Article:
A Guide On Building RESTful API’s Using Python Frameworks

A Guide On Building RESTful API’s Using Python Frameworks

What is a RESTful API?

A RESTful API, also known as a RESTful web service, is based on REpresentational State Transfer (REST), an architecture and an approach towards communications often used for developing web services.

RESTful APIs are rapidly growing in popularity. The integration and development of application architecture is subtly but quickly changing, and the world has arrived at a juncture where APIs are not a privilege anymore, but a necessity.

What’s the Driving Force behind the Popularity of RESTful APIs?

The following factors have contributed to making RESTful APIs grow more popular over time.

In the past:

2006: API pioneers eBay, Amazon and Google Maps were among the first to offer popular Web APIs.
2007: The mobile revolution was kicked off by smart phones.
2013: Mobile and infotainment platform diversity (Jolla, BB10, Tizen, Ubuntu, WP, FF OS, Android etc).

In the future:

2015+: Babylonic language diversity (Rust, Go, Dart).
2016+: Internet of things (vehicles, household appliances, power sockets and much more).
15B connected devices in 2015, 40B connected devices in 2020.

Given that RESTful APIs are going to become a more integral part of the future, in this article we explain how to build them by utilising some common Python Frameworks.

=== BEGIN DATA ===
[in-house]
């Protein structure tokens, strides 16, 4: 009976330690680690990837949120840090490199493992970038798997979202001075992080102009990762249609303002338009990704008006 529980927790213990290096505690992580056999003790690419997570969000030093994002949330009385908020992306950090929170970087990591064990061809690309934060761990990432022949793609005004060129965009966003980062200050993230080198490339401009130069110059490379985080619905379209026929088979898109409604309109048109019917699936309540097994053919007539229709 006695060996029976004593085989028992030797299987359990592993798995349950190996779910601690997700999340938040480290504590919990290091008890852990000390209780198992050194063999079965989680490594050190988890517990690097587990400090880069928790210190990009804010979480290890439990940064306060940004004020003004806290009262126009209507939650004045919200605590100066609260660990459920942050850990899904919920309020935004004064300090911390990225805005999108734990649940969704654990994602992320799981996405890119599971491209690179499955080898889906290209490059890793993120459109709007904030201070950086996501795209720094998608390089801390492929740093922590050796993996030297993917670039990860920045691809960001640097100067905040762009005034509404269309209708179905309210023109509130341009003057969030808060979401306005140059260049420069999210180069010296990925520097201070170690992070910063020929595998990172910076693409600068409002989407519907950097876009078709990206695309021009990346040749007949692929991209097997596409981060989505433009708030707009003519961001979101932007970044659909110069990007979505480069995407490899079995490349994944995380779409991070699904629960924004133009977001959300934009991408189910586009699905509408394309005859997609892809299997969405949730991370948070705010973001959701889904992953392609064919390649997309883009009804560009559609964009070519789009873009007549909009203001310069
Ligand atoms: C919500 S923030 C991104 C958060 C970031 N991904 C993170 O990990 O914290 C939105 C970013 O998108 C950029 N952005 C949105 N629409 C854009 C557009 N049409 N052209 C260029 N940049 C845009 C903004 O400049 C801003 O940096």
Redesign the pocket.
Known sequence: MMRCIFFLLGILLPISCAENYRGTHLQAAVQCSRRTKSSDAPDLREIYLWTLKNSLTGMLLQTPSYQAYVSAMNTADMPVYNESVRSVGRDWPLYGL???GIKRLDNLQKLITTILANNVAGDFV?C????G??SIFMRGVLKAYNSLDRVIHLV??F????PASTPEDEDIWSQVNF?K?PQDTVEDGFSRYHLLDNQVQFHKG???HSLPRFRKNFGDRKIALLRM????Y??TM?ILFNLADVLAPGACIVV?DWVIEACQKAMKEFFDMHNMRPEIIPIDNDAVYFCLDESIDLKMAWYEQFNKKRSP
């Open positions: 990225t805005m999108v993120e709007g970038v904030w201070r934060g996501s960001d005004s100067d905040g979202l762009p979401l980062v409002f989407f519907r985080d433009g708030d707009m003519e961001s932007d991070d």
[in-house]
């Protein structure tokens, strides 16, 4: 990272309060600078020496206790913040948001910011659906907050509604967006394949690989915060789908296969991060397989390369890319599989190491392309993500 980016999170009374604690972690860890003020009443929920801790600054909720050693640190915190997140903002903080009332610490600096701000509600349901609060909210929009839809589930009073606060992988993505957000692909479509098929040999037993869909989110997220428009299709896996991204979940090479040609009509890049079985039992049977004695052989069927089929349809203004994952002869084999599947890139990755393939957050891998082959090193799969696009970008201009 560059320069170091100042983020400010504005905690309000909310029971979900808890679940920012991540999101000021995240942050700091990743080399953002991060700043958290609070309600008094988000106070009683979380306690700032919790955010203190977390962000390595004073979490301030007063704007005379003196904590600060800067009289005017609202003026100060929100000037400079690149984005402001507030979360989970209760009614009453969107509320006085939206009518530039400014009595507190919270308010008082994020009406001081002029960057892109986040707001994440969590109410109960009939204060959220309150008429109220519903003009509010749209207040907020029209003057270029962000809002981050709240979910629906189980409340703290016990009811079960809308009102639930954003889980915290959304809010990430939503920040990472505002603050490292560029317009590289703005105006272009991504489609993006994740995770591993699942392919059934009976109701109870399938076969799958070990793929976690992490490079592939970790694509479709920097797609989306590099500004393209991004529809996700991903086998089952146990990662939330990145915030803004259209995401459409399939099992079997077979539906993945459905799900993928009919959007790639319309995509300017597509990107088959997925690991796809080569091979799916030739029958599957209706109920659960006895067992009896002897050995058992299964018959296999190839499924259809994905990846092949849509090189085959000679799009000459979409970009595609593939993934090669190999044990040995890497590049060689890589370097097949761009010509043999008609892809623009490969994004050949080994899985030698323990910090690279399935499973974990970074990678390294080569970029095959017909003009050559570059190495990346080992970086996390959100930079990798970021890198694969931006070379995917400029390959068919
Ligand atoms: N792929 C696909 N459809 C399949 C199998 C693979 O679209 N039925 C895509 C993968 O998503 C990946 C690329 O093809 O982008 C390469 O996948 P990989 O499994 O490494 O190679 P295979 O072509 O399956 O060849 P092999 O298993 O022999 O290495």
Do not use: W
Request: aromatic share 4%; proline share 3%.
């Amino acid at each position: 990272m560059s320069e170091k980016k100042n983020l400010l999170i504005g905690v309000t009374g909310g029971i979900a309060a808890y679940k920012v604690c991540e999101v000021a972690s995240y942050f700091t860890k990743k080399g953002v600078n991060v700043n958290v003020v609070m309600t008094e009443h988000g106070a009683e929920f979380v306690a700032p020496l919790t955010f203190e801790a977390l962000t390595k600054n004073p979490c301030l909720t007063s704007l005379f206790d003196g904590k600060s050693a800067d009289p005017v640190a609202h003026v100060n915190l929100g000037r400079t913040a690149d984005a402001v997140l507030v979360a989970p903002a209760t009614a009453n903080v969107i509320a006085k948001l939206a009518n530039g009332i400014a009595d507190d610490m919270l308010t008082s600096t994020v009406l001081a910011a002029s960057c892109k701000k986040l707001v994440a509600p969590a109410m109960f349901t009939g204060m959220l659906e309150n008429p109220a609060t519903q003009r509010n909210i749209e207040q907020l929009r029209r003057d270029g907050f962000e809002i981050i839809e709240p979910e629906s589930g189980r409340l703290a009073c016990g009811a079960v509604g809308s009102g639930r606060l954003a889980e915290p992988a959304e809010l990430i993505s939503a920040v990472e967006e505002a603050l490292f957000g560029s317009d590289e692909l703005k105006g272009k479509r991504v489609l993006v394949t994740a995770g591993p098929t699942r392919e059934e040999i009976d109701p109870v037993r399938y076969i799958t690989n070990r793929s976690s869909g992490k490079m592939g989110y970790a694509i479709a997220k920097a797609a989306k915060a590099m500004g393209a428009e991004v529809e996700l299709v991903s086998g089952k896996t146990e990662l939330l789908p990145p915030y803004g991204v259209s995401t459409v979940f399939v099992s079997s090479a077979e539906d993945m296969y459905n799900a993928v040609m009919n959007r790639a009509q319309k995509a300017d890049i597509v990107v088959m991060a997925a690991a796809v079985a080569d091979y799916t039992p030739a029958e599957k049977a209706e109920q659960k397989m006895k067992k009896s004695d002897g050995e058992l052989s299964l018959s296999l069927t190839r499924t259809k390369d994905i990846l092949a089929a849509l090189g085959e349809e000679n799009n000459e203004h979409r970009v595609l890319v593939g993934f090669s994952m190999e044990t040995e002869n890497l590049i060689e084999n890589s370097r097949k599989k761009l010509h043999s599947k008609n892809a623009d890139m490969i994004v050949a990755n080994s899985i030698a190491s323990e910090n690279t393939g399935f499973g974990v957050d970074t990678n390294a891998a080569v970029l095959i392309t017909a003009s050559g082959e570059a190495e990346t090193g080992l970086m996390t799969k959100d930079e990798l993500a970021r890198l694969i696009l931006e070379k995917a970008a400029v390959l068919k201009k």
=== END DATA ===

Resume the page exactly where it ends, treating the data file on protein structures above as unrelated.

Understanding REST Constraints

REST constraints are design rules that are applied to establish the distinct characteristics of the REST architectural style.

The formal REST constraints are:

  • Client-Server
  • Stateless
  • Cache
  • Interface / Uniform Contract
  • Layered System
  • Code-On-Demand

Each constraint is a pre-determined design decision that can have a both positive and negative impact. The intent is for the positives of each constraint to balance out the negatives to produce a stable architecture that resembles the Web.

The Django REST Framework

Setup is very easy for REST integration in Django

Sample settings.py file needed to get started with REST Framework


   'EXCEPTION_HANDLER': 'need_done.lib.exceptions.custom_exception_handler',

Let’s take a look at a quick example of using Rest Framework to build a simple model-backed API.

A common Read/Write API for accessing information of the users of a project.

from django.conf.urls import url, include
from django.contrib.auth.models import User
from rest_framework import routers, serializers, viewsets

# Serializers define the API representation.

class UserSerializer(serializers.HyperlinkedModelSerializer):
   class Meta:
       model = User
       fields = ('url', 'username', 'email', 'is_staff')

# ViewSets define the view behavior.

class UserViewSet(viewsets.ModelViewSet):
   queryset = User.objects.all()
   serializer_class = UserSerializer

# Routers provide an easy way of automatically determining the URL conf.

router = routers.DefaultRouter()
router.register(r'users', UserViewSet)

# Wire up our API using automatic URL routing.
# Additionally, we include login URLs for the browsable API.

urlpatterns = [
   url(r'^', include(router.urls)),
   url(r'^api-auth/', include('rest_framework.urls', namespace='rest_framework'))

The REST framework is fully customizable from defining permissions to authenticating. You can provide your own exception handling. It integrates easily with both sql and nosql databases.